Monthly Archives: July 2016

Silly cat will be help you more to happiness

This type of online activity may feel silly and a waste of time. But a lot of what we do on social media may be good for us, a growing body of new research shows. Our experiences online can increase our connectivity and combat loneliness, boost our mood and improve our relationships and our memory.

We turn to social media for social support and engage online in topics and causes that matter to us: Facebook to connect. Twitter to follow the news. Instagram to show our artsy side. Snapchat to be funny.

Neuroscientists believe that we get a spike of the neurotransmitter dopamine, which increases when the reward systems of our brain are activated, when we get a “like” or a comment on one of our posts. “It’s a powerful positive reinforcement,” says Patricia Wallace, a psychologist and author of “The Psychology of the Internet.”

“The brain is very plastic in young ages, and prolonged exposure with improperly fitted devices could incur damage,” she said. “Children also may not understand how to communicate eyestrain and may lack reflexes to remove the devices if they find them uncomfortable.”

Still, this does not necessarily mean that VR is unsafe for children and never can be, she said, adding that VR’s safety varies according to the device, type of content and time spent using it, as well as on the individual child using it.

Remedies are best for morning sickness

images-39Even though nearly all women experience at least a little nausea or vomiting during pregnancy, there isn’t much solid evidence to suggest the best treatments, a research review concludes.

Ginger, vitamin B6 or antihistamines, for example, may ease mild nausea, while severe vomiting that carries a risk of dehydration and malnutrition can sometimes be improved by corticosteroids, the study found.

The trouble is there’s scant evidence to suggest how one treatment might stack up against available alternatives, said lead study author Catherine McParlin of Newcastle University in the U.K.

“Women react differently and may need to try different treatment options before they find something that is effective for them,” McParlin said by email.

“When it comes to evidence of the effectiveness of specific treatments for different levels of condition severity, the research to date has mostly been of low quality, with many trials badly designed and/or badly reported, with few direct comparisons between treatments especially in severe cases,” McParlin added.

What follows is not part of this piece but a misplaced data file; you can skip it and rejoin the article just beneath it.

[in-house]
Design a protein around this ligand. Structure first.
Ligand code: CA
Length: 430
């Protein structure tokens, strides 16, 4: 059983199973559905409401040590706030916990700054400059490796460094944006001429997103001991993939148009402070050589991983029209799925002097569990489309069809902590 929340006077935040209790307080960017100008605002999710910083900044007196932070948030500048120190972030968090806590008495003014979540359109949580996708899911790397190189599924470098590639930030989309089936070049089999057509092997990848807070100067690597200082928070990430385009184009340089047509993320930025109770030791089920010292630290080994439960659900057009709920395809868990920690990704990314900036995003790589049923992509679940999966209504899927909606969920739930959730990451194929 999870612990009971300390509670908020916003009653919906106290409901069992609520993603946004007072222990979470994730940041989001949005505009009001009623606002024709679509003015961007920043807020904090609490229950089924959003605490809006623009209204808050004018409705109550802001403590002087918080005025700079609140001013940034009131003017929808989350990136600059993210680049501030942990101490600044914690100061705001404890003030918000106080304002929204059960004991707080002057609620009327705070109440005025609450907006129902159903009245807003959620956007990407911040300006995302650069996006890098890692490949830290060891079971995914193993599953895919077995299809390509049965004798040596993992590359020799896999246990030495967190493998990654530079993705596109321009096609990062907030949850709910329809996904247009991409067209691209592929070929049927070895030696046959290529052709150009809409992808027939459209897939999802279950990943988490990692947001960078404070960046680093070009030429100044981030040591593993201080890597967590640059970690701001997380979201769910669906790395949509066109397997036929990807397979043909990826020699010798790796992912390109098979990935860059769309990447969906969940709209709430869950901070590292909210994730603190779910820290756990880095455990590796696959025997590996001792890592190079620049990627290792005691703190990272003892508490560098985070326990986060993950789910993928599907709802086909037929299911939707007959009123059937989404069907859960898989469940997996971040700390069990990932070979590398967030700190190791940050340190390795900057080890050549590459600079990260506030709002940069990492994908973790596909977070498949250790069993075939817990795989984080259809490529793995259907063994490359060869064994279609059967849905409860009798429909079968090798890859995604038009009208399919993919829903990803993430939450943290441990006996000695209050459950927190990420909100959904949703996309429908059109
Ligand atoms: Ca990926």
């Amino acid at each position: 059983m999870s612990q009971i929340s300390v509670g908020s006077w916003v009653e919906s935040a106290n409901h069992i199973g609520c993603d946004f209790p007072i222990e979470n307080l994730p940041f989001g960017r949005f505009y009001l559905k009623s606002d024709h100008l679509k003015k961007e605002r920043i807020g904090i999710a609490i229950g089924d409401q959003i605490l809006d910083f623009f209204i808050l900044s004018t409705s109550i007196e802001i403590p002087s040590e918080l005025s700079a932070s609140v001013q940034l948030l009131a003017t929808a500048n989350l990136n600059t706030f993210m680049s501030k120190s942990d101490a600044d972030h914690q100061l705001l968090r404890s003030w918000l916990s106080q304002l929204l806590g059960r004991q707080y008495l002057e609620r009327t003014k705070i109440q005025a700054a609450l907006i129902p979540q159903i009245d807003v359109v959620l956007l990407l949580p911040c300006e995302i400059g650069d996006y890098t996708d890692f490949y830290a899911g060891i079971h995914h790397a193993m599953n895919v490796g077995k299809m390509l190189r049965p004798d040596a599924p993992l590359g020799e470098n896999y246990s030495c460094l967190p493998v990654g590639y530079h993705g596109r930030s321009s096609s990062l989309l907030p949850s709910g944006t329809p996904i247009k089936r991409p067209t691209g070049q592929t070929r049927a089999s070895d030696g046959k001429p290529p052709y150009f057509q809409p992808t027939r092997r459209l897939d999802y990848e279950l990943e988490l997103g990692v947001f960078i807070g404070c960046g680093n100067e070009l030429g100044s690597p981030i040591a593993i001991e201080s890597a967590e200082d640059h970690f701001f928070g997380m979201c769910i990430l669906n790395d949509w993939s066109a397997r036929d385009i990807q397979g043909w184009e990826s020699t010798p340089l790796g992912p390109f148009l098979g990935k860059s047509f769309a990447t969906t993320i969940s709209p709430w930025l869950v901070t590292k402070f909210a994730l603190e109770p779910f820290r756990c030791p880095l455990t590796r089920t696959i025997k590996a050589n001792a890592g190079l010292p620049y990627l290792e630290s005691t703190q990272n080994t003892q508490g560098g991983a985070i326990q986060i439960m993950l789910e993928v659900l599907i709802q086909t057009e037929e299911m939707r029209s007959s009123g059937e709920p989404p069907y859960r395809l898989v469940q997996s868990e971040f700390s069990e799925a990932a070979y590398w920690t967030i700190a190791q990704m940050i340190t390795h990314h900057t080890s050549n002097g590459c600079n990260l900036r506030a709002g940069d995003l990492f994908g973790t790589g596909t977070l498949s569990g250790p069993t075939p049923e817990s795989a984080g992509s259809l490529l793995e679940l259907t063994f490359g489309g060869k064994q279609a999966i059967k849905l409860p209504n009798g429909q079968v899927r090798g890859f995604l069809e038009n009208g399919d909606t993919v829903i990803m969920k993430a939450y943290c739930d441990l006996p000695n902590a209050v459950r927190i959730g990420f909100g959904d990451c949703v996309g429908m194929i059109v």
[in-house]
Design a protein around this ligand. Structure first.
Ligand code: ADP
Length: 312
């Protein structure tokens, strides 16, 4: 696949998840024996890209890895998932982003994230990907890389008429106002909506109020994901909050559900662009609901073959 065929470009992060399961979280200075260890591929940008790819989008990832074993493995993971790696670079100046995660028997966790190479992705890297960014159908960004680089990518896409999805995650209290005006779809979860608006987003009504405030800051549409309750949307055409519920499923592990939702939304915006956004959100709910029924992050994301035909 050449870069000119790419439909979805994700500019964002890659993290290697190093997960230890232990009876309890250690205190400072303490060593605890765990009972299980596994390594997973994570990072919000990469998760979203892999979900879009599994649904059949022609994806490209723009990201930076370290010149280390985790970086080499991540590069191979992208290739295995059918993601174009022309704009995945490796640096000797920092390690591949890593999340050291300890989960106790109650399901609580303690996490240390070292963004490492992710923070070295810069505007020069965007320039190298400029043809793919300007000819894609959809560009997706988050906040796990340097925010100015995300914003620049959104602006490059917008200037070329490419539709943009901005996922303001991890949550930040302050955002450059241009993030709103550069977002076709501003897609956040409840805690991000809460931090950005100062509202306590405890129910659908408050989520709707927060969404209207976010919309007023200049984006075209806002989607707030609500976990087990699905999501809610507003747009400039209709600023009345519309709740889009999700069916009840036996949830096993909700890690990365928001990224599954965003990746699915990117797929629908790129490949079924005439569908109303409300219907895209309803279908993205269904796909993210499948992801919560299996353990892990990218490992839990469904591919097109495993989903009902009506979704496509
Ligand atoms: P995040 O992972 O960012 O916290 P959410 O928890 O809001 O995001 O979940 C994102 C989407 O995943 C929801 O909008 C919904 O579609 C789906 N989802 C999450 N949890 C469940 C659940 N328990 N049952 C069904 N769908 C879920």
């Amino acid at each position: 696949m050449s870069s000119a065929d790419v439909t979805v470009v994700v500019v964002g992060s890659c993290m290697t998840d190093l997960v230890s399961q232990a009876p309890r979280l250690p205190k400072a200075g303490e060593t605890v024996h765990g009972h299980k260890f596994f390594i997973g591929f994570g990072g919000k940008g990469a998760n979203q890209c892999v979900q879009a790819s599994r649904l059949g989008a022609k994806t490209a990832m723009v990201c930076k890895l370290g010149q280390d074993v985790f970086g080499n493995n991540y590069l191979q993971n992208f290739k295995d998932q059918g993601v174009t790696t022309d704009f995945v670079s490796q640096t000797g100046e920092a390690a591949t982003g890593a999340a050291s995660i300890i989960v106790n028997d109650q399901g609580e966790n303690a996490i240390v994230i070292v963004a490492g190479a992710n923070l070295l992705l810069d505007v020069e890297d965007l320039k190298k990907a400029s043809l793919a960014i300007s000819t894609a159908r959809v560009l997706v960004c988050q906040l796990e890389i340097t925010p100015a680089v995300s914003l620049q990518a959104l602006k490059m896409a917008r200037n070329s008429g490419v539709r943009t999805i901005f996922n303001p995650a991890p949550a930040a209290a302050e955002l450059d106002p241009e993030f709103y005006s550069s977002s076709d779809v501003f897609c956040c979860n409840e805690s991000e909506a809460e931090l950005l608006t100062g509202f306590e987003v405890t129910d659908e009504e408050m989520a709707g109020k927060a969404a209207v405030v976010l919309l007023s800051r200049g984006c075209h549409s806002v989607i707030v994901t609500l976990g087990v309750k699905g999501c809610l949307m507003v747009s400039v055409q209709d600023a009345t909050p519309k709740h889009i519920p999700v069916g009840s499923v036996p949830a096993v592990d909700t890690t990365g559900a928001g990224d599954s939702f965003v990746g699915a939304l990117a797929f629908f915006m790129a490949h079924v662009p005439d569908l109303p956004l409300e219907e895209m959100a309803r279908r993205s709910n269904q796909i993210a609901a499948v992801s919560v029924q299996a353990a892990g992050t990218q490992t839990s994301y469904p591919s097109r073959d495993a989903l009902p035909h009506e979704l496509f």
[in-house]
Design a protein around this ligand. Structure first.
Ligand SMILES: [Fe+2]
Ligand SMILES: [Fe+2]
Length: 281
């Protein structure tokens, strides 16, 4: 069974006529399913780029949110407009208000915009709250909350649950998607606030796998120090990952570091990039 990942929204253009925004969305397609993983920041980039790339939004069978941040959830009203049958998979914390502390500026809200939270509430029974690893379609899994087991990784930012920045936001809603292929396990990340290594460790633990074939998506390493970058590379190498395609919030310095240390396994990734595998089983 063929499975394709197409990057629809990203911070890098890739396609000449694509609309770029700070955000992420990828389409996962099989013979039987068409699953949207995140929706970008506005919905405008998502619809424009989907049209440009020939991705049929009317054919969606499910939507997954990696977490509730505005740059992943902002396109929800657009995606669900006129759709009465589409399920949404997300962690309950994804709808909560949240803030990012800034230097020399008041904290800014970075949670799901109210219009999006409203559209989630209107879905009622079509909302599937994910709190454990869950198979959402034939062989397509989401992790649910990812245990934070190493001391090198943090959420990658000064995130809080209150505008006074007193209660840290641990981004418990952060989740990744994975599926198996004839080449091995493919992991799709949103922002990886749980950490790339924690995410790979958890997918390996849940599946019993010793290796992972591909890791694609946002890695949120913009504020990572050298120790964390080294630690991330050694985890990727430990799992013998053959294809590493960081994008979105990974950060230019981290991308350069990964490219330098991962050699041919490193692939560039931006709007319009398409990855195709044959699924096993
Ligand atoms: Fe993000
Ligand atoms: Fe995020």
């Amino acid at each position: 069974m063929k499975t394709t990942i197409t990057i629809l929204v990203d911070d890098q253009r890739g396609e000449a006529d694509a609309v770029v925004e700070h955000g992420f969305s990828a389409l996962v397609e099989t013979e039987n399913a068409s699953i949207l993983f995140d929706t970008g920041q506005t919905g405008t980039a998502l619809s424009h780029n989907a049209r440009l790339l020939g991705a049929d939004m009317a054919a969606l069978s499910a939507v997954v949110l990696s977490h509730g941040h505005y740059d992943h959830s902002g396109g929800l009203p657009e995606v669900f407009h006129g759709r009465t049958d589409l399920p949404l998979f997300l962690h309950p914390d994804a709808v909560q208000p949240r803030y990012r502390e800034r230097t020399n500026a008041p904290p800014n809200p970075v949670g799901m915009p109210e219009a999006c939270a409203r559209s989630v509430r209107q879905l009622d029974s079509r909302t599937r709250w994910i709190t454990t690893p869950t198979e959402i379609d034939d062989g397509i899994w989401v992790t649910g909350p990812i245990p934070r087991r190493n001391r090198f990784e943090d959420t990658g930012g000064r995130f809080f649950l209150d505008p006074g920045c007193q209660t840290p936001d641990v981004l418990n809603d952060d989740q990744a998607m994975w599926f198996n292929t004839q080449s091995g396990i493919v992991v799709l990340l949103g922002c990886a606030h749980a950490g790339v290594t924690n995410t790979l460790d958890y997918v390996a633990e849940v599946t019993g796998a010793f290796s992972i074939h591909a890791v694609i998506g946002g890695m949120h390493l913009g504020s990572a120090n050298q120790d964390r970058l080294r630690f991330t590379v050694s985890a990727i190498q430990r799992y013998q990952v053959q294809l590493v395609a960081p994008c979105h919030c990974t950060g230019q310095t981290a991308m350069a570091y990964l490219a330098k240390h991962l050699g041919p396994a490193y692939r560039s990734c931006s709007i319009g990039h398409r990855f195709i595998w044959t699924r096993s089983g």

Nausea and vomiting are common during pregnancy, affecting up to 85 percent of women, the researchers note in JAMA.

Sometimes called morning sickness, in reality it can occur throughout the day. Often, symptoms may be mild and ease up after the first few months of pregnancy.

The most severe form, hyperemesis gravidarum, affects up to 3 percent of pregnant women and can require hospitalization to provide nutrition through a feeding tube.

To assess the effectiveness of a variety of treatments for nausea and vomiting during pregnancy, researchers analyzed data from 78 previously published studies with 8,930 patients combined.

For mild symptoms, ginger, vitamin B6, antihistamines and metoclopramide (Reglan) were all more effective than a placebo pill, the study found. Pyridoxine-doxylamine (Diclectin) and ondansetron (Zofran) both beat a placebo for moderate symptoms.

When women have moderate to severe symptoms, they may get better results by taking pyridoxine-doxylamine preemptively to reduce the risk of recurrent vomiting instead of waiting to take this medicine until symptoms return, one study of 60 women in the analysis suggests.

Another study found ondansetron more effective at curbing moderate to severe nausea in the first few days of use than metoclopramide, but no difference in how many times women vomited.

With hyperemesis gravidarum, women have fewer options and there’s even less evidence, the study authors note.

Corticosteroids appeared superior to metoclopramide for reducing vomiting episodes in an analysis of three studies of women with the most severe symptoms.

One limitation of the analysis is that researchers lacked data to compare side effects for babies associated with different treatments the authors note.

The findings aren’t surprising because ethics limit testing experimental drugs in pregnancy, particularly during the early months when medications might harm fetal development, said Angela Lupattelli, a pharmacy researcher at the University of Oslo in Norway who wasn’t involved in the study.

Complicating matters, there aren’t good objective tests to assess nausea symptoms, Lupattelli added by email.